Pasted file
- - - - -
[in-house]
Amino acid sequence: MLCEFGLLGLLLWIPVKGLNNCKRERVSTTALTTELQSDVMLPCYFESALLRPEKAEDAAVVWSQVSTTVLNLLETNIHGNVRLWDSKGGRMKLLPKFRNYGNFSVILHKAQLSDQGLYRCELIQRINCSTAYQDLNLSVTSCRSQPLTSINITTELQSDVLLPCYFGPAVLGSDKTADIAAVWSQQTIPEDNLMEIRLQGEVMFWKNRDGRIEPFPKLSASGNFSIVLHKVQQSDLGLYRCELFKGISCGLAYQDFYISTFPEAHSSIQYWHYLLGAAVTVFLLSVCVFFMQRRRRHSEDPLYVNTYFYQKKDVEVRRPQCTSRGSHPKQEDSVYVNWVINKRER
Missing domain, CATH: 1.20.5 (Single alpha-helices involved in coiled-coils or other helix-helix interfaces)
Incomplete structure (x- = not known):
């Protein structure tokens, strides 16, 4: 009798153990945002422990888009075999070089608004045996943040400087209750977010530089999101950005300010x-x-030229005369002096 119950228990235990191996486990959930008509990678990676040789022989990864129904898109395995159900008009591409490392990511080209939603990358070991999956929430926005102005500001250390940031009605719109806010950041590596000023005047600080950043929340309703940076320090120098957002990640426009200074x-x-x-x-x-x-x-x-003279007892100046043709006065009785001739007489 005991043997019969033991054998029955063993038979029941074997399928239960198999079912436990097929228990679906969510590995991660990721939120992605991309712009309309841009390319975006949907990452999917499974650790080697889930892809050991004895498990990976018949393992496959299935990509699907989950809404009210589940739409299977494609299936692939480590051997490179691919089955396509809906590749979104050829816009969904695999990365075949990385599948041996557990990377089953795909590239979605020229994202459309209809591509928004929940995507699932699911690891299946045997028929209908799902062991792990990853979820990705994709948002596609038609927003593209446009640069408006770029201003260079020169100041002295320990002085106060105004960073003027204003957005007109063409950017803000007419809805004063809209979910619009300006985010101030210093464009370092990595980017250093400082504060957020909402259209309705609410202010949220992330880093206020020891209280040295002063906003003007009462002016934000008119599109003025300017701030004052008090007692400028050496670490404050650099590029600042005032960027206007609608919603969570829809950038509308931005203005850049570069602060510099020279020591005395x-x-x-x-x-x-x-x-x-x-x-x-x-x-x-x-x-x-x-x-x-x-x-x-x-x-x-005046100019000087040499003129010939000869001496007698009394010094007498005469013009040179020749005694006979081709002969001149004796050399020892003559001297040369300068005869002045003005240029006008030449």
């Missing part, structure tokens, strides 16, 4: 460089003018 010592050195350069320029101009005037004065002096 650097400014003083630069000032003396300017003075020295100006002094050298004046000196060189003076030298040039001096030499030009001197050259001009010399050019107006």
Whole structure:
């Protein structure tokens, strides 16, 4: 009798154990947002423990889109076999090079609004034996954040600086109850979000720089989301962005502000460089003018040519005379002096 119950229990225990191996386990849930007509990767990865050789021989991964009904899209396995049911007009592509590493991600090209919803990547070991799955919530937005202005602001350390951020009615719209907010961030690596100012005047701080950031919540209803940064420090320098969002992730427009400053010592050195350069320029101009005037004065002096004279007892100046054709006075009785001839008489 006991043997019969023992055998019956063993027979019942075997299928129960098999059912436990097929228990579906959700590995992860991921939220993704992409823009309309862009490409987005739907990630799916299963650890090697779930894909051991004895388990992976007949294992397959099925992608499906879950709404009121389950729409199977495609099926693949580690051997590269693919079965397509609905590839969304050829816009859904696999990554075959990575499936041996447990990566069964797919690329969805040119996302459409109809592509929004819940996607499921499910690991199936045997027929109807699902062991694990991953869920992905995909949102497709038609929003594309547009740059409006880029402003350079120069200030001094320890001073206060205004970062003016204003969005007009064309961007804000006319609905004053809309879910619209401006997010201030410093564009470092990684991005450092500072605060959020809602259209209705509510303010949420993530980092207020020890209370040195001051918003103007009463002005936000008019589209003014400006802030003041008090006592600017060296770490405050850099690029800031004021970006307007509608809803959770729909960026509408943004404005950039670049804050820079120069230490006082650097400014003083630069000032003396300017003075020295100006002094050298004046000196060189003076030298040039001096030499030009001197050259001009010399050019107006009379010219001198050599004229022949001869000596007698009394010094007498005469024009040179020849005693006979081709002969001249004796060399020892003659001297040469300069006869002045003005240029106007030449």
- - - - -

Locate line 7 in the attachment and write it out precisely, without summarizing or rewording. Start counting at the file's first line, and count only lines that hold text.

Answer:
Whole structure: